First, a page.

Category Archives: Donation Process

Donation Process

The Cord Blood Donation Process


When a mother decides to donate her child’s umbilical cord blood she should firstly look for a cord blood bank in her community. In the event that there is not a local bank, there are a number of National Organizations that can help you donate.

The cord blood bank will then ask the mother to complete a consent form and a health history questionnaire, as well as a small blood sample. The cord blood itself is collected after the baby’s birth.
After the birth, the details of the donation will then be entered into a National Registry, which is available for Doctors to help find a match for their patients who need a transplant.

Collecting cord blood poses no health risk to the mother or infant donor. The cord blood is collected after delivery and would normally be discarded. The cord blood is stored only with the mother’s signed consent, and no collection is made if there are any complications during delivery.
After the baby’s birth, the umbilical cord is clamped, breaking the link between the baby and the placenta. Trained staff drain the blood from the umbilical cord and placenta. Methods vary somewhat at different hospitals. The blood is usually collected using a needle to draw the blood into a blood bag. The collection usually takes ten minutes or less.

On average, about three to five fluid ounces are collected from the umbilical cord. If the amount is too small, there will not be enough stem cells to be used for transplantation and the cord blood unit (CBU) will not be stored. CBUs that do not meet the criteria for transplant may be used by researchers in the search for new and more effective medical uses for cord blood stem cells.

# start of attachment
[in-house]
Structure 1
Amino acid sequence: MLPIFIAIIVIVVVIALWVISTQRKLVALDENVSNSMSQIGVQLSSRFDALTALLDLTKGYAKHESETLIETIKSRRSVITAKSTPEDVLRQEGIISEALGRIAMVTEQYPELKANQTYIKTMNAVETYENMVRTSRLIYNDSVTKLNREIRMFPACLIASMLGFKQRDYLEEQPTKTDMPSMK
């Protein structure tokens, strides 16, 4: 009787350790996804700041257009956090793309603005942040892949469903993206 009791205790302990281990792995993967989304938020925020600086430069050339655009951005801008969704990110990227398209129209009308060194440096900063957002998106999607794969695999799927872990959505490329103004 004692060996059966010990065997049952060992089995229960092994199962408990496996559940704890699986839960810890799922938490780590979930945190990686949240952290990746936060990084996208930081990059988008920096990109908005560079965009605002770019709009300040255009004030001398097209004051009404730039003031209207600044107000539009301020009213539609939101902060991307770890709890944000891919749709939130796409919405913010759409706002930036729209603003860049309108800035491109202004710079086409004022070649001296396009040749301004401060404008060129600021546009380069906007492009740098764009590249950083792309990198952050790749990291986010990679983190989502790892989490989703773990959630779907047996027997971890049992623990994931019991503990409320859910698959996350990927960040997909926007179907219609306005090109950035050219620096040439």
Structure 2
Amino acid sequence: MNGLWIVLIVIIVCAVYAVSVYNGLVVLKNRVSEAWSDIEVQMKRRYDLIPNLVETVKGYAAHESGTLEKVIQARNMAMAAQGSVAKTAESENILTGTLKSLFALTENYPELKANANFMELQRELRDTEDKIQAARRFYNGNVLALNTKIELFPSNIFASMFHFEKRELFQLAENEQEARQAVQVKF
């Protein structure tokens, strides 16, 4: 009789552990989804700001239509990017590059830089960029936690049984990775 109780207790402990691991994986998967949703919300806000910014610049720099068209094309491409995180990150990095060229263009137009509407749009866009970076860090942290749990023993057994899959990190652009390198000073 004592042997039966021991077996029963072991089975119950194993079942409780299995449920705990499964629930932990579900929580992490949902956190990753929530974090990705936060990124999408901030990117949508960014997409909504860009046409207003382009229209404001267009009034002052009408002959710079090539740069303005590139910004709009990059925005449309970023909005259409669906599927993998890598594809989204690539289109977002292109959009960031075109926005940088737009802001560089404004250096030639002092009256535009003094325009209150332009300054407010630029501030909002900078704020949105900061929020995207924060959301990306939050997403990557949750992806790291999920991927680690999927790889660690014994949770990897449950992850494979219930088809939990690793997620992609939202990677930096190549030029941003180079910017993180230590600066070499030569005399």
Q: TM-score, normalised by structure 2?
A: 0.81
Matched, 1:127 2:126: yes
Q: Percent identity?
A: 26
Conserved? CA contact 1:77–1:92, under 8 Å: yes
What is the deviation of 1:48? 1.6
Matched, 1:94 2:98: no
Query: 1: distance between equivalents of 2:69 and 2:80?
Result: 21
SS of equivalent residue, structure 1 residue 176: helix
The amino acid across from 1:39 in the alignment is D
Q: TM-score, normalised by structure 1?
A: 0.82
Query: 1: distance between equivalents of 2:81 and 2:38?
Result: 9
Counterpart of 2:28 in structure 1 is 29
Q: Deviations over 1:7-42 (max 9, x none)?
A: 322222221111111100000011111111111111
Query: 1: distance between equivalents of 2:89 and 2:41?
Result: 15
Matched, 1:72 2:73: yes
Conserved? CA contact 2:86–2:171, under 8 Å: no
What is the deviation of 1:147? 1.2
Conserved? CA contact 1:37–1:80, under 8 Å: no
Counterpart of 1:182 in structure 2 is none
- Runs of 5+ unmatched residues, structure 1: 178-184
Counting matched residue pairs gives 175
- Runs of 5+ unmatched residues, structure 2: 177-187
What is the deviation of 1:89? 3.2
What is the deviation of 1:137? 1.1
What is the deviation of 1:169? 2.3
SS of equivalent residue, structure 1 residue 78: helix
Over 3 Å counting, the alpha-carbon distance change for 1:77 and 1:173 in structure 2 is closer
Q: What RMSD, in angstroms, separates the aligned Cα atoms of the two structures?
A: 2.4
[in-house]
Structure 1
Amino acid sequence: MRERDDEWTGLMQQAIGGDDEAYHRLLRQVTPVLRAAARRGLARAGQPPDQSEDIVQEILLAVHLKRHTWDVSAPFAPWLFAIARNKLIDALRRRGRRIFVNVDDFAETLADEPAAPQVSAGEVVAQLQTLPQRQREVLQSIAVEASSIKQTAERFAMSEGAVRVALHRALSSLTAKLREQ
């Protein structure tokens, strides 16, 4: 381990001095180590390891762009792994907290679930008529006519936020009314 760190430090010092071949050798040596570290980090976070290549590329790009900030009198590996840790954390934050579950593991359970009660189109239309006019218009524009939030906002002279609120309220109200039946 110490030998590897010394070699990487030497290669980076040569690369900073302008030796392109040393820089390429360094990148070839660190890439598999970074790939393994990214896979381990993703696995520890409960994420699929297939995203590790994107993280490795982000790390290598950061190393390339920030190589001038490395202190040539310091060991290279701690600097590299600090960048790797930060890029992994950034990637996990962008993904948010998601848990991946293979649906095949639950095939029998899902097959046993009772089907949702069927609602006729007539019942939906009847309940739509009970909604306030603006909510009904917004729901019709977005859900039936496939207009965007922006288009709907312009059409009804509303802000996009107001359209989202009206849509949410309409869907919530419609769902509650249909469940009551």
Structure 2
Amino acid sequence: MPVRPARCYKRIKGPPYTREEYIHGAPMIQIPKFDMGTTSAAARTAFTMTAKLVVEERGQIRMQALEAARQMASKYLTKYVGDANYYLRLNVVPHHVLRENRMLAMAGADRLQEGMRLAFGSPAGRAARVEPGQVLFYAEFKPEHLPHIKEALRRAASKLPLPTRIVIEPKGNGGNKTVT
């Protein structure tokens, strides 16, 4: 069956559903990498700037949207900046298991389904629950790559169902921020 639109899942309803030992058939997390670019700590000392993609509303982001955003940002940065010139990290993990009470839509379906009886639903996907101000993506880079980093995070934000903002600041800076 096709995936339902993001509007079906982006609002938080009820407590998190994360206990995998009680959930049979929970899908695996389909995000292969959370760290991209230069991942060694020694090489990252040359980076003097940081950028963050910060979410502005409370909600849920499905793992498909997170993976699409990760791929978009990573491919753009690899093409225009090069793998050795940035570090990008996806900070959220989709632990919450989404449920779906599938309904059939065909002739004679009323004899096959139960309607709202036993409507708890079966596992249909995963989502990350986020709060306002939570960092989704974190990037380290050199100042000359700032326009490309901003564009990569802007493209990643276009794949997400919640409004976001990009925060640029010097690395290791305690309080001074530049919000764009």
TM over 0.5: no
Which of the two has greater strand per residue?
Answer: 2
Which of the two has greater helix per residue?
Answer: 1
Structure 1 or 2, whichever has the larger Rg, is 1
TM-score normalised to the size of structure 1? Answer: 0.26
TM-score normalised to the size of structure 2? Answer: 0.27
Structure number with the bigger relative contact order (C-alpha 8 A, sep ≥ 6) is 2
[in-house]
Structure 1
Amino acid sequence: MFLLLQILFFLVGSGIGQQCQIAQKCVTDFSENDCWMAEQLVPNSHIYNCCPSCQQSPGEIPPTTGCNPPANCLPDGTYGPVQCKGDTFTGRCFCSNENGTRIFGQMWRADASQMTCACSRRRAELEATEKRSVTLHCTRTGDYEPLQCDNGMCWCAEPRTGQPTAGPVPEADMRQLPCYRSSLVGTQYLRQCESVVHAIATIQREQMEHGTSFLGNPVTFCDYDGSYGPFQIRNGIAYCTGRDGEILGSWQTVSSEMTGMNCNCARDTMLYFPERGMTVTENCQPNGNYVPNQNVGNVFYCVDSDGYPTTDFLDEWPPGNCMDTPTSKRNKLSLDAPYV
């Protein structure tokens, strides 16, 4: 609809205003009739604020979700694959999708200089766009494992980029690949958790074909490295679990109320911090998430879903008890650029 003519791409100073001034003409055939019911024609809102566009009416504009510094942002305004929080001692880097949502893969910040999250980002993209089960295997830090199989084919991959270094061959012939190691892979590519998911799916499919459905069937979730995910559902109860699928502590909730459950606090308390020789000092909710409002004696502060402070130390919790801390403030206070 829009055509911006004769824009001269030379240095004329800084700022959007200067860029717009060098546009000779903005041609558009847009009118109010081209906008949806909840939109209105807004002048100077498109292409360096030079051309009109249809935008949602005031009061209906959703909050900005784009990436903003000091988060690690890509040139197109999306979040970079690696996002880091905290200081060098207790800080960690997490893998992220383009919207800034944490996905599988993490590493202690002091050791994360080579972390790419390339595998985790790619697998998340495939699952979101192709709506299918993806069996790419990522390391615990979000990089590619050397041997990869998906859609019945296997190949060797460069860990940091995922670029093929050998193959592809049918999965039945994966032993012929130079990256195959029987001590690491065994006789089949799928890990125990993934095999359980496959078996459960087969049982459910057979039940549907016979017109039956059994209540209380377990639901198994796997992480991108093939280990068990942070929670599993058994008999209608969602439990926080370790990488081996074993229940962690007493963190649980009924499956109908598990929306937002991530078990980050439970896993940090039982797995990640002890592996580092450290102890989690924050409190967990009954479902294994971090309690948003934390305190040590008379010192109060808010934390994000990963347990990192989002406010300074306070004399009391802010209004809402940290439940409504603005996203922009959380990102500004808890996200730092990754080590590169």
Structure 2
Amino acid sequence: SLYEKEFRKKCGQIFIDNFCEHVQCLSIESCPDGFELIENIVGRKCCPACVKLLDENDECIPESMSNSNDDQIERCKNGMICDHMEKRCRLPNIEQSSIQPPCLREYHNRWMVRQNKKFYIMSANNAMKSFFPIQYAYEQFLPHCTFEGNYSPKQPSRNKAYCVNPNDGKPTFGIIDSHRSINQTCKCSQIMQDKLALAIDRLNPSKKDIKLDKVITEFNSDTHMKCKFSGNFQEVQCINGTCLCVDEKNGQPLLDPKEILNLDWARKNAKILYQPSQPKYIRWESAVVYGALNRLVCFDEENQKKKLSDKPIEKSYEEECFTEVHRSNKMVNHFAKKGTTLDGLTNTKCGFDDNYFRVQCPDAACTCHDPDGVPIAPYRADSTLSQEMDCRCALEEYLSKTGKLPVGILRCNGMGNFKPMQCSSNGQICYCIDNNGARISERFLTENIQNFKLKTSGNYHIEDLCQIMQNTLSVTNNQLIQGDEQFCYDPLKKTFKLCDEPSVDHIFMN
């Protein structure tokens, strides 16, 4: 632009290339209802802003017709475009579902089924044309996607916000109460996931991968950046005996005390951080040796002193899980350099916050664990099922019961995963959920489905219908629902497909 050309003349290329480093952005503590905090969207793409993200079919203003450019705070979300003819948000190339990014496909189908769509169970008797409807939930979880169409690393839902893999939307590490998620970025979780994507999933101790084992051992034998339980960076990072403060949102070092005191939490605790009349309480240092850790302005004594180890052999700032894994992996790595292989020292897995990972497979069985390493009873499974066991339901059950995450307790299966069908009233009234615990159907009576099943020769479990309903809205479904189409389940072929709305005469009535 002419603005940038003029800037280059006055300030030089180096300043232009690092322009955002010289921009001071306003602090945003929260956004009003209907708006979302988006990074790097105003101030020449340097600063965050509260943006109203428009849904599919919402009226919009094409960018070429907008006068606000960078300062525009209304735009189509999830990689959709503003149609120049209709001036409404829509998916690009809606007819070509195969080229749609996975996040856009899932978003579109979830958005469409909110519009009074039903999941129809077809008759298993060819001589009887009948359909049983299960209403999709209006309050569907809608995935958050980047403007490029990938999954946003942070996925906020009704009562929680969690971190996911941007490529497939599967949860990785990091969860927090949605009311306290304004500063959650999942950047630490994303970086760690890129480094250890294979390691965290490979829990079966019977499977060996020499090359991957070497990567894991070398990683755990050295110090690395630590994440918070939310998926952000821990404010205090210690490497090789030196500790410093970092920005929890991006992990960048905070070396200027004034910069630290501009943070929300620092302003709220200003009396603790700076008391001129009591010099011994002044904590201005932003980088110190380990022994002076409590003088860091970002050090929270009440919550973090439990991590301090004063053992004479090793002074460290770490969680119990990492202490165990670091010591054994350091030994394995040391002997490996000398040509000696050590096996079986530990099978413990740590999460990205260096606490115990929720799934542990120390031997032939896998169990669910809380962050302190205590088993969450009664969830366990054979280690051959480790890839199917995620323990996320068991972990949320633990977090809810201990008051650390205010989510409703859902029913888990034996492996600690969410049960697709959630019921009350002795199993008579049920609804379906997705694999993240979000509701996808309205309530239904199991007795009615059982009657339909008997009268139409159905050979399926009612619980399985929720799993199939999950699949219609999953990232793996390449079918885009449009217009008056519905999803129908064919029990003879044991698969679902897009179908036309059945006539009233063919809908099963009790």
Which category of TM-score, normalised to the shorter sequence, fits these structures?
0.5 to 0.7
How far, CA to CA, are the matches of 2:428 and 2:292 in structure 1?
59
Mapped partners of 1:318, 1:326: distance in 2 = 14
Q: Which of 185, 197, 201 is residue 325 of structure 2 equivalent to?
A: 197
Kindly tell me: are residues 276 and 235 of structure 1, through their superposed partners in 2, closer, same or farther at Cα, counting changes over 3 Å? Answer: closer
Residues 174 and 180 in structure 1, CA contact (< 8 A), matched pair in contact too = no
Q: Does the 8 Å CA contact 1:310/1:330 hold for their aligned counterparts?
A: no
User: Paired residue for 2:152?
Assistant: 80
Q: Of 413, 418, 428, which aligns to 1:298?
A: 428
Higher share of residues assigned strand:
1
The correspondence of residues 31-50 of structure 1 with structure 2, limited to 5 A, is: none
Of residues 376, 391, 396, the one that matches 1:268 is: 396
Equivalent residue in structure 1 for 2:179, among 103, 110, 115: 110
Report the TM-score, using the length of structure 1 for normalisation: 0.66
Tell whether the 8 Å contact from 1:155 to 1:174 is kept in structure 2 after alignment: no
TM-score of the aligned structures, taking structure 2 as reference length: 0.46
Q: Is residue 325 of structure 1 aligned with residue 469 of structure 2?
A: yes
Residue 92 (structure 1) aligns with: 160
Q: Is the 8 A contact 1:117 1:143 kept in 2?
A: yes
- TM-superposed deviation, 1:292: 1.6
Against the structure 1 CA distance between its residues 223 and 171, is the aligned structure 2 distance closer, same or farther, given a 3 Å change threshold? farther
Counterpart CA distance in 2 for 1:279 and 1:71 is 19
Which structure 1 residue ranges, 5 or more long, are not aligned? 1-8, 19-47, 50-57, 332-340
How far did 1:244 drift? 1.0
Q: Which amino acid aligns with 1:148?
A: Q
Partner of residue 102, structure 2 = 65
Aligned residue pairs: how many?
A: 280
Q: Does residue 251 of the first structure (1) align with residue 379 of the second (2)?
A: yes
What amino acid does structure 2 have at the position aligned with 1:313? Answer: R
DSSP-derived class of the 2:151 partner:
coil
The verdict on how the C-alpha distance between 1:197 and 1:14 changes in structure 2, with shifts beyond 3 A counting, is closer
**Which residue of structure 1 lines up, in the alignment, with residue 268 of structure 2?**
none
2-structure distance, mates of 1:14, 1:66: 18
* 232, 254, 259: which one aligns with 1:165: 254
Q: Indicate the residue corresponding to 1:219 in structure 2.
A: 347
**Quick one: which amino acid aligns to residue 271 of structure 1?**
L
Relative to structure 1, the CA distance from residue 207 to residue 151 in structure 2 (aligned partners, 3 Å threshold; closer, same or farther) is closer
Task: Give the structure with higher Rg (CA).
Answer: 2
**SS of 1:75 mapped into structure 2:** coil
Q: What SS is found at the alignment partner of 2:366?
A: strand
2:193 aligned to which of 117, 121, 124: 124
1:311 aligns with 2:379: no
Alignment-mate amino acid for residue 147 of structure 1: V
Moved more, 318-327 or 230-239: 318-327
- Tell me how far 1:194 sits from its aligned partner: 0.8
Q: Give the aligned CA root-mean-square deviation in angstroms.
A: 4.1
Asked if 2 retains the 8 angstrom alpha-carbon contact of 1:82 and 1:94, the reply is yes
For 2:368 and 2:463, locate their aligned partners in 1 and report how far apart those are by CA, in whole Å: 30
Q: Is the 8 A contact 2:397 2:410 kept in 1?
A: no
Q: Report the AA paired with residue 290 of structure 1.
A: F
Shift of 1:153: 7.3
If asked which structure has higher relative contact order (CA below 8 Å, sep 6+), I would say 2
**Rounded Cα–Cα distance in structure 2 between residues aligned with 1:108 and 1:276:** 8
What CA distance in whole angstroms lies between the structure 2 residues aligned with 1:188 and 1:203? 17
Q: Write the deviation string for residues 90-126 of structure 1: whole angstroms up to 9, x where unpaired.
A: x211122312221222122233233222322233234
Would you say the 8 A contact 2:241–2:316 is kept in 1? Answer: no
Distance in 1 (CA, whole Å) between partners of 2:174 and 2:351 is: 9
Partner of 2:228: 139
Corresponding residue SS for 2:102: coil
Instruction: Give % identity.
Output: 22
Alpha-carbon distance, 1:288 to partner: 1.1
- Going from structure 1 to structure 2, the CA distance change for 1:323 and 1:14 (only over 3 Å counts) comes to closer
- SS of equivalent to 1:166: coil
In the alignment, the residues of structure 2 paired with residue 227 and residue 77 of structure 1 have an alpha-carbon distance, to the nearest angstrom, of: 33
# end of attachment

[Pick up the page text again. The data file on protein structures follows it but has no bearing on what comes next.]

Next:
The collected cord blood is taken to a laboratory where it is tested and processed.
It is firstly tested for signs of infection or other possible problems. Clean samples are then tested to determine the HLA type, which is then listed on the National Registry.
Often, the red blood cells and plasma, which are not needed for transplants, are removed so the CBU takes less storage space.

If the CBU meets eligibility standards, it is then stored in a plastic or vinyl bag in a liquid nitrogen freezer. It can be stored for a long time. Studies have shown good cell recovery after up to ten years of storage.
The cord blood bank always gets the mother’s written permission before banking the cord blood. The mother is also asked to provide a blood sample for infectious disease testing and to fill out health history forms. All information that would identify the mother or infant donor is kept confidential at the cord blood bank. The mother will be informed if tests performed on a sample of her blood or the umbilical cord blood show information that may be important for her or her baby to know for health purposes.